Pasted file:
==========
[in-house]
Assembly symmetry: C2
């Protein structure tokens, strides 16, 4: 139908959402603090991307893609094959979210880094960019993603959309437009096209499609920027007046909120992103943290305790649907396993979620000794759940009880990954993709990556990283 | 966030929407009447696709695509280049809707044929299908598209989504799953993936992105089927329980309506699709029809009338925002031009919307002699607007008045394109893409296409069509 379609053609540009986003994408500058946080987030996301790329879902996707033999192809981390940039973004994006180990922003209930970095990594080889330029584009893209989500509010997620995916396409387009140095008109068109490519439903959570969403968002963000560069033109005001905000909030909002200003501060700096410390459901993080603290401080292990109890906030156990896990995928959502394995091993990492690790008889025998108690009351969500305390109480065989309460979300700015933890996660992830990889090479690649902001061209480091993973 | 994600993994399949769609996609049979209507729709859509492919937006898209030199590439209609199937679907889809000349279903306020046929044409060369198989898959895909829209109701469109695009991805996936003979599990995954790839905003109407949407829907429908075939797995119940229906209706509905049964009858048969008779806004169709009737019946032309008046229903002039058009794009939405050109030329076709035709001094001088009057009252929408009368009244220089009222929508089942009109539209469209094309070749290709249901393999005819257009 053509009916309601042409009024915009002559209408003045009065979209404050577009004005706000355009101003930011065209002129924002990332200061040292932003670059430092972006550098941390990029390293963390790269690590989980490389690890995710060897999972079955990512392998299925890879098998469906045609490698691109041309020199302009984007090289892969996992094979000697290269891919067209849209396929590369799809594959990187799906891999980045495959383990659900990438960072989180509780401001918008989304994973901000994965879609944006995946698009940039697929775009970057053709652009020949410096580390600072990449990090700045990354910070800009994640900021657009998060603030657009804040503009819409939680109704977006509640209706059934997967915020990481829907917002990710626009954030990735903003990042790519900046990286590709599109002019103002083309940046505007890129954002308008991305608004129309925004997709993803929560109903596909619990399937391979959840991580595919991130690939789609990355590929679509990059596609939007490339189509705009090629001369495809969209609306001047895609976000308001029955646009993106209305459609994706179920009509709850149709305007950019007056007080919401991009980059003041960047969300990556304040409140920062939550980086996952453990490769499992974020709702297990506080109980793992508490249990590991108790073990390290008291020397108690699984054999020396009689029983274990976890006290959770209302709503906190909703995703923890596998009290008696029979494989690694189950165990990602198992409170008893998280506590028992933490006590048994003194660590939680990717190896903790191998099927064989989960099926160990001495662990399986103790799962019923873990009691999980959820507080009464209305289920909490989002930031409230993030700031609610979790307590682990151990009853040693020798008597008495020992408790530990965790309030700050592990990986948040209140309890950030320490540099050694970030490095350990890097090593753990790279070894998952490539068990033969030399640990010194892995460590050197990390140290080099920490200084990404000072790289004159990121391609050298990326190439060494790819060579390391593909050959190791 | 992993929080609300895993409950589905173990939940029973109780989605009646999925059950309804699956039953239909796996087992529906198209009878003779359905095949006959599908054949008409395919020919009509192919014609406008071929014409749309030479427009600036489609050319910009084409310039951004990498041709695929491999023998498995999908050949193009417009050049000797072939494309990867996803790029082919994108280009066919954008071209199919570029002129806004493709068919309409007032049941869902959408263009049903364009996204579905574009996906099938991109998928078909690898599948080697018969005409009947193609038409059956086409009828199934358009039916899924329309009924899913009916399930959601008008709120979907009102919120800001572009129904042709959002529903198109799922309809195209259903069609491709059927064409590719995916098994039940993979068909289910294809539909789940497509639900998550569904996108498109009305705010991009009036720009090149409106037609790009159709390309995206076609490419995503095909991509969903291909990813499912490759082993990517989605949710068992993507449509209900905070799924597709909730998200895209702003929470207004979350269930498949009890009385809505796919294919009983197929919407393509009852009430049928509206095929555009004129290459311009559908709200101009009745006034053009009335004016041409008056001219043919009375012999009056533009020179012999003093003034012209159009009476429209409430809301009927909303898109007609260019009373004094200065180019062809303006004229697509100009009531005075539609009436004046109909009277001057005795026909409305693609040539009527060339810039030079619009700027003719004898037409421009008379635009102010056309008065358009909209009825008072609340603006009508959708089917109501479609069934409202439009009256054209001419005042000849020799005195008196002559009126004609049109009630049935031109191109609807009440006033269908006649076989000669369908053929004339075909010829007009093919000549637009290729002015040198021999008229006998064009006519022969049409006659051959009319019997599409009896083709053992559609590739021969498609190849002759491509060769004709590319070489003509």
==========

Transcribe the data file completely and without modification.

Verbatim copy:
[in-house]
Assembly symmetry: C2
């Protein structure tokens, strides 16, 4: 139908959402603090991307893609094959979210880094960019993603959309437009096209499609920027007046909120992103943290305790649907396993979620000794759940009880990954993709990556990283 | 966030929407009447696709695509280049809707044929299908598209989504799953993936992105089927329980309506699709029809009338925002031009919307002699607007008045394109893409296409069509 379609053609540009986003994408500058946080987030996301790329879902996707033999192809981390940039973004994006180990922003209930970095990594080889330029584009893209989500509010997620995916396409387009140095008109068109490519439903959570969403968002963000560069033109005001905000909030909002200003501060700096410390459901993080603290401080292990109890906030156990896990995928959502394995091993990492690790008889025998108690009351969500305390109480065989309460979300700015933890996660992830990889090479690649902001061209480091993973 | 994600993994399949769609996609049979209507729709859509492919937006898209030199590439209609199937679907889809000349279903306020046929044409060369198989898959895909829209109701469109695009991805996936003979599990995954790839905003109407949407829907429908075939797995119940229906209706509905049964009858048969008779806004169709009737019946032309008046229903002039058009794009939405050109030329076709035709001094001088009057009252929408009368009244220089009222929508089942009109539209469209094309070749290709249901393999005819257009 053509009916309601042409009024915009002559209408003045009065979209404050577009004005706000355009101003930011065209002129924002990332200061040292932003670059430092972006550098941390990029390293963390790269690590989980490389690890995710060897999972079955990512392998299925890879098998469906045609490698691109041309020199302009984007090289892969996992094979000697290269891919067209849209396929590369799809594959990187799906891999980045495959383990659900990438960072989180509780401001918008989304994973901000994965879609944006995946698009940039697929775009970057053709652009020949410096580390600072990449990090700045990354910070800009994640900021657009998060603030657009804040503009819409939680109704977006509640209706059934997967915020990481829907917002990710626009954030990735903003990042790519900046990286590709599109002019103002083309940046505007890129954002308008991305608004129309925004997709993803929560109903596909619990399937391979959840991580595919991130690939789609990355590929679509990059596609939007490339189509705009090629001369495809969209609306001047895609976000308001029955646009993106209305459609994706179920009509709850149709305007950019007056007080919401991009980059003041960047969300990556304040409140920062939550980086996952453990490769499992974020709702297990506080109980793992508490249990590991108790073990390290008291020397108690699984054999020396009689029983274990976890006290959770209302709503906190909703995703923890596998009290008696029979494989690694189950165990990602198992409170008893998280506590028992933490006590048994003194660590939680990717190896903790191998099927064989989960099926160990001495662990399986103790799962019923873990009691999980959820507080009464209305289920909490989002930031409230993030700031609610979790307590682990151990009853040693020798008597008495020992408790530990965790309030700050592990990986948040209140309890950030320490540099050694970030490095350990890097090593753990790279070894998952490539068990033969030399640990010194892995460590050197990390140290080099920490200084990404000072790289004159990121391609050298990326190439060494790819060579390391593909050959190791 | 992993929080609300895993409950589905173990939940029973109780989605009646999925059950309804699956039953239909796996087992529906198209009878003779359905095949006959599908054949008409395919020919009509192919014609406008071929014409749309030479427009600036489609050319910009084409310039951004990498041709695929491999023998498995999908050949193009417009050049000797072939494309990867996803790029082919994108280009066919954008071209199919570029002129806004493709068919309409007032049941869902959408263009049903364009996204579905574009996906099938991109998928078909690898599948080697018969005409009947193609038409059956086409009828199934358009039916899924329309009924899913009916399930959601008008709120979907009102919120800001572009129904042709959002529903198109799922309809195209259903069609491709059927064409590719995916098994039940993979068909289910294809539909789940497509639900998550569904996108498109009305705010991009009036720009090149409106037609790009159709390309995206076609490419995503095909991509969903291909990813499912490759082993990517989605949710068992993507449509209900905070799924597709909730998200895209702003929470207004979350269930498949009890009385809505796919294919009983197929919407393509009852009430049928509206095929555009004129290459311009559908709200101009009745006034053009009335004016041409008056001219043919009375012999009056533009020179012999003093003034012209159009009476429209409430809301009927909303898109007609260019009373004094200065180019062809303006004229697509100009009531005075539609009436004046109909009277001057005795026909409305693609040539009527060339810039030079619009700027003719004898037409421009008379635009102010056309008065358009909209009825008072609340603006009508959708089917109501479609069934409202439009009256054209001419005042000849020799005195008196002559009126004609049109009630049935031109191109609807009440006033269908006649076989000669369908053929004339075909010829007009093919000549637009290729002015040198021999008229006998064009006519022969049409006659051959009319019997599409009896083709053992559609590739021969498609190849002759491509060769004709590319070489003509």